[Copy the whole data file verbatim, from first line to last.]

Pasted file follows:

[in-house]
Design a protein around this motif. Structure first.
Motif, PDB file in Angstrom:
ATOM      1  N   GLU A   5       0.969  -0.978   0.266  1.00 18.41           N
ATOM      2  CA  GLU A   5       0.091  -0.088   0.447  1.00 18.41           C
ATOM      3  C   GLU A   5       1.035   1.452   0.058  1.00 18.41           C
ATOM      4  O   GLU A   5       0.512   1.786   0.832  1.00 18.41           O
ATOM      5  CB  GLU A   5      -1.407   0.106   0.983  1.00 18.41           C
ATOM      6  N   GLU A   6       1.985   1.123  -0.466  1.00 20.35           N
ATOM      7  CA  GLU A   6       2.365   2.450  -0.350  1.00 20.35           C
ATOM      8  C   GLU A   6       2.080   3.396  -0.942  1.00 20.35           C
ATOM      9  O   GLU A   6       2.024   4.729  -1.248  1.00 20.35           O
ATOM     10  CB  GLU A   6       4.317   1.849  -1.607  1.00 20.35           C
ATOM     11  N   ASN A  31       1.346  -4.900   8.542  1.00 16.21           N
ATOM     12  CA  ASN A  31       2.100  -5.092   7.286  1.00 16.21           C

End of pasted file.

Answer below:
[in-house]
Design a protein around this motif. Structure first.
Motif, PDB file in Angstrom:
ATOM      1  N   GLU A   5       0.969  -0.978   0.266  1.00 18.41           N
ATOM      2  CA  GLU A   5       0.091  -0.088   0.447  1.00 18.41           C
ATOM      3  C   GLU A   5       1.035   1.452   0.058  1.00 18.41           C
ATOM      4  O   GLU A   5       0.512   1.786   0.832  1.00 18.41           O
ATOM      5  CB  GLU A   5      -1.407   0.106   0.983  1.00 18.41           C
ATOM      6  N   GLU A   6       1.985   1.123  -0.466  1.00 20.35           N
ATOM      7  CA  GLU A   6       2.365   2.450  -0.350  1.00 20.35           C
ATOM      8  C   GLU A   6       2.080   3.396  -0.942  1.00 20.35           C
ATOM      9  O   GLU A   6       2.024   4.729  -1.248  1.00 20.35           O
ATOM     10  CB  GLU A   6       4.317   1.849  -1.607  1.00 20.35           C
ATOM     11  N   ASN A  31       1.346  -4.900   8.542  1.00 16.21           N
ATOM     12  CA  ASN A  31       2.100  -5.092   7.286  1.00 16.21           C